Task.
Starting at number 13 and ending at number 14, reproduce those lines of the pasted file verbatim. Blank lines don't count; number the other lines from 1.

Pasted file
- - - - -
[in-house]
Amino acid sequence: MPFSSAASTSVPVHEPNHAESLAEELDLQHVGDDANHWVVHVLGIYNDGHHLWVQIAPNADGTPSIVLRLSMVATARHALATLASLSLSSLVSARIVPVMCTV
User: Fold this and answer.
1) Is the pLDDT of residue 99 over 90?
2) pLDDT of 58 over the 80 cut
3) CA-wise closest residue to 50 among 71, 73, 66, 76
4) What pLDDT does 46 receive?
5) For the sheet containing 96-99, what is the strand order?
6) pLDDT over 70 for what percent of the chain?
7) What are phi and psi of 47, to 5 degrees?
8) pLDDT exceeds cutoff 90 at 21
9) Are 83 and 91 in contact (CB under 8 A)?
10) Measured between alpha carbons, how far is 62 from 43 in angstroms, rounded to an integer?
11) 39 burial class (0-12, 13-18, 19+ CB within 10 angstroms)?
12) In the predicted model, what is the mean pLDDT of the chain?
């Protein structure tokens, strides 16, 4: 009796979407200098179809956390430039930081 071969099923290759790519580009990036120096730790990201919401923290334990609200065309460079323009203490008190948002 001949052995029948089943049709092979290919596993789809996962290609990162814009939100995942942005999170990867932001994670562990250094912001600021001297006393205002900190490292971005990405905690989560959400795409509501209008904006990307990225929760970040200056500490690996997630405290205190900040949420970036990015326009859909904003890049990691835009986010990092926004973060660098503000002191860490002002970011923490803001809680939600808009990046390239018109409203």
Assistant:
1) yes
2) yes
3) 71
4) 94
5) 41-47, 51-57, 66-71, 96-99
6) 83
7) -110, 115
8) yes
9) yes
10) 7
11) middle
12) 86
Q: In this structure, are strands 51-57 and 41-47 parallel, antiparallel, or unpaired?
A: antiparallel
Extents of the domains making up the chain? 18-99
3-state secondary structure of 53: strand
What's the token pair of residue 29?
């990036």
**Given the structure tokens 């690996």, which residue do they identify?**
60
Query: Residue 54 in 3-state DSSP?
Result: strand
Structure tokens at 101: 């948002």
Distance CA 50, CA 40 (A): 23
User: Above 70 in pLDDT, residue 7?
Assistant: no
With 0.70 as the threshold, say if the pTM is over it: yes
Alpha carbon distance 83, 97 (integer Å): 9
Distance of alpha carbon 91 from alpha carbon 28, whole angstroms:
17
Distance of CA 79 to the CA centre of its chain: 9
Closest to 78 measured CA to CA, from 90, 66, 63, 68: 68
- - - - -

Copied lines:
10) Measured between alpha carbons, how far is 62 from 43 in angstroms, rounded to an integer?
11) 39 burial class (0-12, 13-18, 19+ CB within 10 angstroms)?